We can leverage SourceKit to extract documentation information from Swift packages that can be further transformed into a developer consumable format like a static HTML website.
Tagging and Publishing support
Today you publish new versions of your package by tagging manually with git, and you use git directly to view your published tags. SwiftPM could help automate this process, performing any validation, housekeeping, or auxiliary tasks that might make sense as part of a streamlined and safe publication workflow.
When you’re deploying the product of your package, whether to a server or your local system, it could be helpful for SwiftPM to provide support for automating that process. You may want to configure layout and library linkage aspects of your products for your specific deployment environment, record version information about what your products were built from, and otherwise leverage the context that SwiftPM has about your packages for a seamless deployment experience.
Performance Testing Support
Currently, SwiftPM has no support for running performance tests. We need to provide a way to specify performance tests for a package and to run them from the SwiftPM command-line tools.
Here is a very old draft proposal that I haven't gotten around to post for discussion yet.
Support for External Testing Frameworks
Currently, SwiftPM only supports writing tests with help of XCTest testing framework. The community should be able to use any testing framework of their choice to test with SwiftPM. This feature will most likely depend on extensible build tools feature.
SwiftPM plans to have a real index for Swift packages some day. In addition to defining a namespace for package names and providing easier package discovery, it could even support metrics for quality, such as automated test coverage statistics, or ways to evaluate the trustworthiness of packages that you’re considering using. This will be a large project.
Multi-Package Repository Support
Currently the package manager requires that each package live at the root of a Git repository. This means that you can't store multiple packages in the same repository, or develop packages which locate each other in a filesystem-relative manner without relying on Git. We need a proposal for how we would like to support this.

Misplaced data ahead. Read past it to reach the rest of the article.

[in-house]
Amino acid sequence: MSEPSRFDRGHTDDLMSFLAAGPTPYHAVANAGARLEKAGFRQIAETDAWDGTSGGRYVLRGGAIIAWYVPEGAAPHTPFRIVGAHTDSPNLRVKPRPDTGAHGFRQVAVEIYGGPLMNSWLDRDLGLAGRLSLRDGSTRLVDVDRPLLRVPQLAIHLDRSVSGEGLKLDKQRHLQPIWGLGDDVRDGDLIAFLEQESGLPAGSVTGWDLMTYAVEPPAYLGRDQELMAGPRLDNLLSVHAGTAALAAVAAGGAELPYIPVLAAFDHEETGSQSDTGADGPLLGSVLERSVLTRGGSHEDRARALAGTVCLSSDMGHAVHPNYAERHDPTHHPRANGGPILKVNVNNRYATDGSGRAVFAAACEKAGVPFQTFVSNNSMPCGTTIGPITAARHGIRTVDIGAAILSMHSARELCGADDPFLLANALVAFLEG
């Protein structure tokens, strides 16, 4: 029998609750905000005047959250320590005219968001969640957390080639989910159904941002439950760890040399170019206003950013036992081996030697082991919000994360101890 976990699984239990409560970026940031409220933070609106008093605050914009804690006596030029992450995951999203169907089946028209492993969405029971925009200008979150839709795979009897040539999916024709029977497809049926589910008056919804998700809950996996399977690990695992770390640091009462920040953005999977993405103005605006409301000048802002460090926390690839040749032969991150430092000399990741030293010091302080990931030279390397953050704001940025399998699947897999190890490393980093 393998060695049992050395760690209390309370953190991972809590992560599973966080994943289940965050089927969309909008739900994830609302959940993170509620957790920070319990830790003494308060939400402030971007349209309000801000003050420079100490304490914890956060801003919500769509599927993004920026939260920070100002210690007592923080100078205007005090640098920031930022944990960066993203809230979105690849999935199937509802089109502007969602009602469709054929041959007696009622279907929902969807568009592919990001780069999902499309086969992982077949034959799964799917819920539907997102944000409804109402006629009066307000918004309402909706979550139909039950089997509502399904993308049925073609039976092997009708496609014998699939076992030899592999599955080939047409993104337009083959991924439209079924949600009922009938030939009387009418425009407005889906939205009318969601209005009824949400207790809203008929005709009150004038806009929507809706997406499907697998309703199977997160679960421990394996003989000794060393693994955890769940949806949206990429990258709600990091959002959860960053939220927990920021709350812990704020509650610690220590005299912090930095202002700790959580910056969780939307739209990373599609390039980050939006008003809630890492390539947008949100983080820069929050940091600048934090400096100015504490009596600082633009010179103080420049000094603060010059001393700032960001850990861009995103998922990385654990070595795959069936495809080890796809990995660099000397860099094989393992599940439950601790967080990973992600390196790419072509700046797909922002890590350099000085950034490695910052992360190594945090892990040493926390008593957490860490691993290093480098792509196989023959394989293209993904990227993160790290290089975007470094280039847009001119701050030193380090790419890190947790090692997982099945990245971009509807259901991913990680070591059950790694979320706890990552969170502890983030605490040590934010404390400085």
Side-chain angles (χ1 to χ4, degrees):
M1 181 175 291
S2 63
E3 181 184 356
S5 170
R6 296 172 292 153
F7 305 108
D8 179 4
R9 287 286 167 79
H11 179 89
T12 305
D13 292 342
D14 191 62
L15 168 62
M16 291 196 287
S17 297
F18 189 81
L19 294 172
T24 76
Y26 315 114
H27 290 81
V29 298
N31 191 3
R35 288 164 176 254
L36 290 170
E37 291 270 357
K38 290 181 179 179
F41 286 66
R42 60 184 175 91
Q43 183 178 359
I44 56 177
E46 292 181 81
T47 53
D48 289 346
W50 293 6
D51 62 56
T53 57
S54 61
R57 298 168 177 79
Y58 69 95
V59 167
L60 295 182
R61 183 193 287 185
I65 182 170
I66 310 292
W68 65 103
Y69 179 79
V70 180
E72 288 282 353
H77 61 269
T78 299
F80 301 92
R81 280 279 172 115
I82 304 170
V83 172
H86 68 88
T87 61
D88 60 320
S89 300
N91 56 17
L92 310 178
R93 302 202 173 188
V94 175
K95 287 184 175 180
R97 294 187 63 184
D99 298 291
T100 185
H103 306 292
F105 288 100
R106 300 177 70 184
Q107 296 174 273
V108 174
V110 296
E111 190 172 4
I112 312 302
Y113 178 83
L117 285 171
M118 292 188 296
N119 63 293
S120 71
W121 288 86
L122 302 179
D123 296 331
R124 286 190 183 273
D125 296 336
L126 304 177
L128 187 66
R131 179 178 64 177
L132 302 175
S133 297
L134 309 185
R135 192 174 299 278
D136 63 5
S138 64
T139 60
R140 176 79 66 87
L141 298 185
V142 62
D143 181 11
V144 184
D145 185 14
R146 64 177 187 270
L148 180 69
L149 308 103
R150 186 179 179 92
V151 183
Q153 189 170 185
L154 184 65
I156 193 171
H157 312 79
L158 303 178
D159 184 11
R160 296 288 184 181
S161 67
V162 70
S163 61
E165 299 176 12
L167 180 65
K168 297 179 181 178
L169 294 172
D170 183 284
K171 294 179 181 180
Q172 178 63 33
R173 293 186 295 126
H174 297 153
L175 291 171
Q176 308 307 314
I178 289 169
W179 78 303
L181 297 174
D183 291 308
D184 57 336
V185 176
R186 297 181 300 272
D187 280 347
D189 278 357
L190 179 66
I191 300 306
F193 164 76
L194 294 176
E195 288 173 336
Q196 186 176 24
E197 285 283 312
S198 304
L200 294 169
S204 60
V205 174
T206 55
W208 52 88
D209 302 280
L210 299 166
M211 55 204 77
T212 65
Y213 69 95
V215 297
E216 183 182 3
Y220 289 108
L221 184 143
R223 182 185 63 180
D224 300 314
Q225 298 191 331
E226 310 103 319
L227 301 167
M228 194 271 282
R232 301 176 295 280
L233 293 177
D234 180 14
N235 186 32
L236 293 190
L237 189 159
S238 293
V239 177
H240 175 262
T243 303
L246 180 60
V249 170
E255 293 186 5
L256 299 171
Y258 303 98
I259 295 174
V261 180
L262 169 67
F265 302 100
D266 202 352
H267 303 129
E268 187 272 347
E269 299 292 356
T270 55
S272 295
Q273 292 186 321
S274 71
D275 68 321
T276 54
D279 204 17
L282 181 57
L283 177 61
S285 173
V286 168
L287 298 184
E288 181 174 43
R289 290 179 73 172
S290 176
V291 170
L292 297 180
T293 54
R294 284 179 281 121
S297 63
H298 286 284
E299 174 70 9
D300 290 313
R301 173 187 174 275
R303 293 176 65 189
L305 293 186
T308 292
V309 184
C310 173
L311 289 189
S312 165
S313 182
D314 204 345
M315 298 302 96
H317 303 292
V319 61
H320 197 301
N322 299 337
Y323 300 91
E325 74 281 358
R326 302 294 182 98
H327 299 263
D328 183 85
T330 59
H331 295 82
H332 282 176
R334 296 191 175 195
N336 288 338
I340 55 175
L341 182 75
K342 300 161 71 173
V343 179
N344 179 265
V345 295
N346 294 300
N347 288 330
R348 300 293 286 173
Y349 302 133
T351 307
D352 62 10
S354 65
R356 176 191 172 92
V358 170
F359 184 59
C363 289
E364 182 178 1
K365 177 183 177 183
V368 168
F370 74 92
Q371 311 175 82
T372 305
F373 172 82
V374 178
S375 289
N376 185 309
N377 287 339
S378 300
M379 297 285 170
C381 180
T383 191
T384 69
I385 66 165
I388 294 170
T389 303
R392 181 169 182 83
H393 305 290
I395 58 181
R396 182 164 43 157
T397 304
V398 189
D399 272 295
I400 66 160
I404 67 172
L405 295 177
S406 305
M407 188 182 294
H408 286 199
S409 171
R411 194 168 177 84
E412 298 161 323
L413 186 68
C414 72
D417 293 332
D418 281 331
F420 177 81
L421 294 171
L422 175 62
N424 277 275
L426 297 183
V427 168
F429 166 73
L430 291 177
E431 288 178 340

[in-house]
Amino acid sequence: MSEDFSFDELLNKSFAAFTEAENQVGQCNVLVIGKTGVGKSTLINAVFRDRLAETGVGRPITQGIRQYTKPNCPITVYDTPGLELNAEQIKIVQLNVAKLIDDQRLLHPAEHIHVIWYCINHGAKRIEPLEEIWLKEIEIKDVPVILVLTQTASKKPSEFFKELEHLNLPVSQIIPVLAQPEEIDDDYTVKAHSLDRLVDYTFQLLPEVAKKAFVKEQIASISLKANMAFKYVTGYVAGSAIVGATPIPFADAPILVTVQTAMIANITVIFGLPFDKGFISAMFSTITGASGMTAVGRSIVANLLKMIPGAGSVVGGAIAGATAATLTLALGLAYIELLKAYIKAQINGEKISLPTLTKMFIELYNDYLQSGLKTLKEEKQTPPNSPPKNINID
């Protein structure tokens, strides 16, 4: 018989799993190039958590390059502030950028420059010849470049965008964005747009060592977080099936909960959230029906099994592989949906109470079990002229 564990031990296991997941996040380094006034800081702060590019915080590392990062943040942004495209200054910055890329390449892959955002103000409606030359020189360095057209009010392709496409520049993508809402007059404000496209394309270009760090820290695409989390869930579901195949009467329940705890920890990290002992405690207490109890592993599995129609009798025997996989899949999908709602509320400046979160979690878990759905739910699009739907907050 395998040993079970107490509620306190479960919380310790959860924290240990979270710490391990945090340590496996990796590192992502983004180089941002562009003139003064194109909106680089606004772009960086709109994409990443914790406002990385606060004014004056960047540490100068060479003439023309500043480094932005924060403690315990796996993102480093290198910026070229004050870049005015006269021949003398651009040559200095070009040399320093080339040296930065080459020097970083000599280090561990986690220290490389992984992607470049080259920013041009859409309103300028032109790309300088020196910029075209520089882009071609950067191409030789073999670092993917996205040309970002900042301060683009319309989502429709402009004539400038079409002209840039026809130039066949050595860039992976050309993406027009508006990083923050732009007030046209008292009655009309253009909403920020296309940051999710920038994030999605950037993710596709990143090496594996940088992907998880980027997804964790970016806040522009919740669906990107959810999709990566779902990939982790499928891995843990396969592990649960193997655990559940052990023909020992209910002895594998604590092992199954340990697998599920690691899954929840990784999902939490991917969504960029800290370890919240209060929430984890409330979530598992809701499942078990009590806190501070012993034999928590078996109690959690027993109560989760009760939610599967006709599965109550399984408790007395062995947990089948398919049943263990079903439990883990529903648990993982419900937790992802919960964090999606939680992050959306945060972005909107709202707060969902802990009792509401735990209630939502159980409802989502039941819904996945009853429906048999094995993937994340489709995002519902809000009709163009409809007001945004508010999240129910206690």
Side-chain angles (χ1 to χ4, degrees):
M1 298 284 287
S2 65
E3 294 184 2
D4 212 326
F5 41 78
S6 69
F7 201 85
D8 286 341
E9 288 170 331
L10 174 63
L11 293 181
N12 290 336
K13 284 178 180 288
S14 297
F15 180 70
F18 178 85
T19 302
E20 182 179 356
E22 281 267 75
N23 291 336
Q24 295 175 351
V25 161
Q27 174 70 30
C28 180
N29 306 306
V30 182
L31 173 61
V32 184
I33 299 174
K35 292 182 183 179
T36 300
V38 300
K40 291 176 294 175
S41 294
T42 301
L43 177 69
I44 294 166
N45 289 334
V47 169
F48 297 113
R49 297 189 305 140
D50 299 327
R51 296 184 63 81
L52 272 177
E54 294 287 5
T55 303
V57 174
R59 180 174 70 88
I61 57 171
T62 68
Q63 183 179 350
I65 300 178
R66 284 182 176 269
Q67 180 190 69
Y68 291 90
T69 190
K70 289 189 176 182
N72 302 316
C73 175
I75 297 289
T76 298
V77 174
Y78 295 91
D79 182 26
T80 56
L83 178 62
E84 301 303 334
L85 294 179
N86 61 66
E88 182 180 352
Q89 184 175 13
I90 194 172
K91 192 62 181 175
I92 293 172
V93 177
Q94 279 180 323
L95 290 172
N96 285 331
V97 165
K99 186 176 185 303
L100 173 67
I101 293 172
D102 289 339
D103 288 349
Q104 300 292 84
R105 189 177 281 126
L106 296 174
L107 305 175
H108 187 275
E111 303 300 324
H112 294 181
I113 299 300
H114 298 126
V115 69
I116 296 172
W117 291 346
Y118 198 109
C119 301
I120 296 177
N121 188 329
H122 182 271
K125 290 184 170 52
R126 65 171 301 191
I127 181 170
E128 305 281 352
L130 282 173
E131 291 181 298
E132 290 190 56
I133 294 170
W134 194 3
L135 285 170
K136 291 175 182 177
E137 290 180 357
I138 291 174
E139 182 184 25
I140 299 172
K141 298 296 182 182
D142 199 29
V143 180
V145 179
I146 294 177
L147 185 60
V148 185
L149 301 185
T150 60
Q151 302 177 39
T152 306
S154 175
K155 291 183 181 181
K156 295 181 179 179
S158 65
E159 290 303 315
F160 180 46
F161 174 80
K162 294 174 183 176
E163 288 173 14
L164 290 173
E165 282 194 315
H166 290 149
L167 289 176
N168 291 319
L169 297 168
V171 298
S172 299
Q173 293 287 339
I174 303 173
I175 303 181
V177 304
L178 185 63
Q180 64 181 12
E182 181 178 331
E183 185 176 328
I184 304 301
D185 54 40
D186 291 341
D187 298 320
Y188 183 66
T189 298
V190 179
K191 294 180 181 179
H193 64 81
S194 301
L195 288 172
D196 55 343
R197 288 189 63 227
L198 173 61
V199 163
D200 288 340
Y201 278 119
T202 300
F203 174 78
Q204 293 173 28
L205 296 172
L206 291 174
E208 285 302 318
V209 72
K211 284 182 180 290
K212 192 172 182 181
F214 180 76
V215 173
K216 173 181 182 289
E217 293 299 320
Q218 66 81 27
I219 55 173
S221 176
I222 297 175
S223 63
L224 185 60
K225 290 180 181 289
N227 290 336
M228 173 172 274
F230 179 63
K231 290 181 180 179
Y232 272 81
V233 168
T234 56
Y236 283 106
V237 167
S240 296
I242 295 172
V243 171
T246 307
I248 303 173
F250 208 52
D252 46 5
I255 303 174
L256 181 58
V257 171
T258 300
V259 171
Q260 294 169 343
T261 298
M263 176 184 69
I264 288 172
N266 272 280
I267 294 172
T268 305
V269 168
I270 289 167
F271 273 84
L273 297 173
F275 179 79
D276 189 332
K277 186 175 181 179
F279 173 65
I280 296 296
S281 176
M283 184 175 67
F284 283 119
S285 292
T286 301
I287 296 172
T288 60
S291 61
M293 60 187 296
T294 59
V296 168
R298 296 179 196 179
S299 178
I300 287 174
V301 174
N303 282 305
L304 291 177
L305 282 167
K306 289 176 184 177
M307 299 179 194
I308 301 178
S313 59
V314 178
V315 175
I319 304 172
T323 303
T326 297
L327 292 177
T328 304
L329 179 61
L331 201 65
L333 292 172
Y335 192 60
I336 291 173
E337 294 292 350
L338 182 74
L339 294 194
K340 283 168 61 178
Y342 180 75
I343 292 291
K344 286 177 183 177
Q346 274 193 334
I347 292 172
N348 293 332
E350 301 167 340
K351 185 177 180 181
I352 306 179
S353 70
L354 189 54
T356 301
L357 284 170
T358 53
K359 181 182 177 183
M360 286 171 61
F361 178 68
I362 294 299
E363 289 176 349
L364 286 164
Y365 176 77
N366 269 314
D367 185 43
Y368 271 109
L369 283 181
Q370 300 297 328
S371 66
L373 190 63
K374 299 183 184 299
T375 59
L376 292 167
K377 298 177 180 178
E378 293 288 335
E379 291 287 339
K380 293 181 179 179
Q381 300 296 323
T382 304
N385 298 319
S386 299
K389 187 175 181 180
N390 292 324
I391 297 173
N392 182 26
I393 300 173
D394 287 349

Sandboxing is one way to help prevent
Package.swift manifest evaluation and
builds from escaping out into your system, either accidentally or deliberately.
SwiftPM uses macOS's sandboxing technology already, but it would be great to
bring this safety to other platforms.
Automatic Semantic Versioning
Automatically detecting what semantic version it looks like you should be publishing your changes with could be very helpful for package authors. SwiftPM could do this by analyzing the source code's API to see what has changed and whether the API is backwards-compatible, at least at compile time.
We need an easy way to edit the Package.swift manifest from automated tools, for
cases where you don't want users to have to update the Swift code directly. We
think that it's possible to provide API to allow this, probably using
SwiftPM Integration in Xcode
This is not part of the evolution ideas but it has frequently come up on the forums (albeit for the right reasons). Please see this post if you haven't. It is important to understand that Xcode is not part of the Swift Open Source project and the future plans and timelines are not published in public. Please use Apple developer forums or bug reporter for Xcode related discussions.